The official word on why Trump has not yet been vaccinated has to do with the monoclonal antibody cocktail he received while being treated for COVID-19 in the fall. According to the CDC, you must wait 90 days after receiving the antibodies before you get the vaccine, in order to avoid any "interference." December 31 would have marked 90 days since Trump was reported to have started the treatment on Oct. 2; he walked out of Walter Reed National Military Medical Center three days later. It's unclear precisely when Trump stopped receiving the antibody cocktail, but since the treatment is given intravenously, and the drug maker said he only received a single dose, it seems that he'd be well in the clear by mid-January. Even if, for whatever reason, Trump isn't okayed for the shot just yet, he should still be able to schedule and publicize his planned vaccination date. Instead, the White House has been strangely vague about his plans, claiming last month that the president is still waiting to be cleared by his medical team — an explanation that has the familiar echo of his dubious excuse for not releasing his tax returns due to an ongoing audit.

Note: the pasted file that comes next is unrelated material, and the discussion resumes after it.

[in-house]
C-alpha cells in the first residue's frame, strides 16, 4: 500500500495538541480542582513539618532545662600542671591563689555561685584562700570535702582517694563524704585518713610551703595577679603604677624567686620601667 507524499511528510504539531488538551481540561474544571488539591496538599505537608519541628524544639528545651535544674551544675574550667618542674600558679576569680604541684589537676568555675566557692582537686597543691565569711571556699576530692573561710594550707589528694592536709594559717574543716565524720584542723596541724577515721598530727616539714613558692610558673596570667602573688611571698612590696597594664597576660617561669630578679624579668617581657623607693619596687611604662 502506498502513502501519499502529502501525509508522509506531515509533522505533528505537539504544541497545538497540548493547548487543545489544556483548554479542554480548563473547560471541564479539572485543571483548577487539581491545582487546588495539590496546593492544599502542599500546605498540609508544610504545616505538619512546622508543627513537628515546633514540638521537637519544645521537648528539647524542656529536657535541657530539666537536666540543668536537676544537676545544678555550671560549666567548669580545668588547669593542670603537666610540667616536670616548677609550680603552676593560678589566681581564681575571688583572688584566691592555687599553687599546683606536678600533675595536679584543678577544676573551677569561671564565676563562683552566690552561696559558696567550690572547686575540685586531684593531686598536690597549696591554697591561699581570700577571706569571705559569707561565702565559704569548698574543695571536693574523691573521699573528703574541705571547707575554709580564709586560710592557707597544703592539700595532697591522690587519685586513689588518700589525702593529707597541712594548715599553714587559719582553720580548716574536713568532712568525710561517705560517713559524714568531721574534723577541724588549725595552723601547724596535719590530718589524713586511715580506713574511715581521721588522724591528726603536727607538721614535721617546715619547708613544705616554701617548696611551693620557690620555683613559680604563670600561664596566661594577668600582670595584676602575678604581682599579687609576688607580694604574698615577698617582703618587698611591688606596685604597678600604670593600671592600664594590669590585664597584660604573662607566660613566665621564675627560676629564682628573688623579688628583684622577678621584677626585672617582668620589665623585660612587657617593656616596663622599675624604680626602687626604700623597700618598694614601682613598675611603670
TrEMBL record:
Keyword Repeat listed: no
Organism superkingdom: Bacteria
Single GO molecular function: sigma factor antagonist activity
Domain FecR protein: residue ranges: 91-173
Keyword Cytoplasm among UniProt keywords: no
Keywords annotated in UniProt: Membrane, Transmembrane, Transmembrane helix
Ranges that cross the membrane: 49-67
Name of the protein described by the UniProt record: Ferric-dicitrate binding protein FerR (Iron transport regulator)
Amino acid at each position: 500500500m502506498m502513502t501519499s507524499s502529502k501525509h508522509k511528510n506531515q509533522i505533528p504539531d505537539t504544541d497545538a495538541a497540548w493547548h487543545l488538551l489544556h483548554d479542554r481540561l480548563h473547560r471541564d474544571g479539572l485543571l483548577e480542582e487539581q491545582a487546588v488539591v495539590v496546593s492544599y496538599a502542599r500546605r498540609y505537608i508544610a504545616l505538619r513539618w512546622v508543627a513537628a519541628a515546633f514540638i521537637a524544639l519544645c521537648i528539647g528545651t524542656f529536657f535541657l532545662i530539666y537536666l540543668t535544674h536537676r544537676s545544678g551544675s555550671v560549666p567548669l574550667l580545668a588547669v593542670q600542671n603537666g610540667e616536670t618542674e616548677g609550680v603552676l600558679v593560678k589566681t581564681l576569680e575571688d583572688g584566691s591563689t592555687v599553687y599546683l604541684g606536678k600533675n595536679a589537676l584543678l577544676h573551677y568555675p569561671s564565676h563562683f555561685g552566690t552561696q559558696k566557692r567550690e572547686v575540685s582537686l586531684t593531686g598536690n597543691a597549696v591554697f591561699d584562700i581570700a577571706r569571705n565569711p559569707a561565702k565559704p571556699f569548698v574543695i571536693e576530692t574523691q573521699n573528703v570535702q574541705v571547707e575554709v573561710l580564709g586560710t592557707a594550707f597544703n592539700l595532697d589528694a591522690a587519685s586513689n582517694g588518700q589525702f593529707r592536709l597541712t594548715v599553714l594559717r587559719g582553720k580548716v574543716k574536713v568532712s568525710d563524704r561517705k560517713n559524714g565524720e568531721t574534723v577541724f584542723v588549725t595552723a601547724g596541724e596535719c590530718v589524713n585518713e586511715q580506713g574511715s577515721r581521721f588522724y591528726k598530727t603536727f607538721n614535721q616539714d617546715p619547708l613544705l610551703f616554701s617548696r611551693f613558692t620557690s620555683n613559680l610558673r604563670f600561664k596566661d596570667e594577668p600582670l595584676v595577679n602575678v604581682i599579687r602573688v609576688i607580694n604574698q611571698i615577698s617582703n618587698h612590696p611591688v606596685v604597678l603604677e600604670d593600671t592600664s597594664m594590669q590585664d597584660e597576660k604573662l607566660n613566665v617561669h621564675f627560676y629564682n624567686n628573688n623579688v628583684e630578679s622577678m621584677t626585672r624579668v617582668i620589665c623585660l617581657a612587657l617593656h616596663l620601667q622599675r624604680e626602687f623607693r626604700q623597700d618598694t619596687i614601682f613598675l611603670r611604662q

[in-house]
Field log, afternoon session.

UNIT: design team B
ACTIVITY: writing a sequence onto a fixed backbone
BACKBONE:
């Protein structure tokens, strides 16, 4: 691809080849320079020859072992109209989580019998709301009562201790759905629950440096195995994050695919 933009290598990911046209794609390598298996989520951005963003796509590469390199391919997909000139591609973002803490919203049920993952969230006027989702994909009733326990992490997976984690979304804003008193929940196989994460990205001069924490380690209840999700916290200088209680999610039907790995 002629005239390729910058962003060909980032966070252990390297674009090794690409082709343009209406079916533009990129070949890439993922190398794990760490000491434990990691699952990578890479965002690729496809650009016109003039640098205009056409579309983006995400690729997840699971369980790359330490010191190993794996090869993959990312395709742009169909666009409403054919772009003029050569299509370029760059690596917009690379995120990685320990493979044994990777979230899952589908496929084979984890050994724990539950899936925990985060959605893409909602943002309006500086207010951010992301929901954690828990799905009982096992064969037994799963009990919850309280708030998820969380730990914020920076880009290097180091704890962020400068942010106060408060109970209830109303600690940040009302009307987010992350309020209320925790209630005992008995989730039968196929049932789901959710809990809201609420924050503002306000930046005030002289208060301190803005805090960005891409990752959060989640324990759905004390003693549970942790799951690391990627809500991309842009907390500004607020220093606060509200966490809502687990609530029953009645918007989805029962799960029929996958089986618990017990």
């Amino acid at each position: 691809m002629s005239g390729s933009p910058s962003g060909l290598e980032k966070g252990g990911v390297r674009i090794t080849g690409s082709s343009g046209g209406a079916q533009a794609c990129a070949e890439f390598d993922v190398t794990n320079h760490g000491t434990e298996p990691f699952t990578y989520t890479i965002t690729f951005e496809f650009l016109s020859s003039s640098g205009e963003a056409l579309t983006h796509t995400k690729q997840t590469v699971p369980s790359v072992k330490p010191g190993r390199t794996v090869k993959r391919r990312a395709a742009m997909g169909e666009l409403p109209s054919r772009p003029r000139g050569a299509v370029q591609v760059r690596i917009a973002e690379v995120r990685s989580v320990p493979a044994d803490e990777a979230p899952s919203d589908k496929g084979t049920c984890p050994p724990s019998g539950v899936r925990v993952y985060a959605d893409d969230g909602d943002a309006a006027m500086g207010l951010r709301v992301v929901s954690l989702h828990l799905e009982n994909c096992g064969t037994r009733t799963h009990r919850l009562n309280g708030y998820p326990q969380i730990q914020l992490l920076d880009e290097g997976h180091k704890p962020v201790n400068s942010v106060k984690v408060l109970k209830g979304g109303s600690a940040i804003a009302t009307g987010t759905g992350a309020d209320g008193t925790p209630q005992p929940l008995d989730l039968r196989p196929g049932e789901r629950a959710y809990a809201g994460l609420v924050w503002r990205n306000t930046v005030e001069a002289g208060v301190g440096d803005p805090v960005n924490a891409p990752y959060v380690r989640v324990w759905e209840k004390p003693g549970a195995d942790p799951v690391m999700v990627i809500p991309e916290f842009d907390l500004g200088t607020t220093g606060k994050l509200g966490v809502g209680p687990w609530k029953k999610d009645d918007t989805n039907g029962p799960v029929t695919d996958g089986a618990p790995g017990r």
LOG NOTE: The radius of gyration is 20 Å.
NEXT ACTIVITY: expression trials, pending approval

The bottom line is, it's a dangerous time for the leader of the nation weathering the world's worst outbreak to offer anything other than full-throated enthusiasm about the shot. Even taking the White House's word for it, that Trump truly can't get a vaccine for ongoing medical reasons, he's failed to show up at vaccination events to even promote getting the shot. Trump didn't appear alongside Mike Pence when his vice president got the jab last month at Walter Reed, nor has Trump hosted any mass vaccination events or visited and thanked health-care workers who are helping with the distribution. "It will be enormously damaging to public trust in the vaccine if President Trump isn't visibly enthusiastic, including getting his shot on national television," Lawrence Gostin, a professor at Georgetown Law who focuses on public health, warned The Associated Press last month. "It simply isn't good enough to have Vice President Pence as a proxy."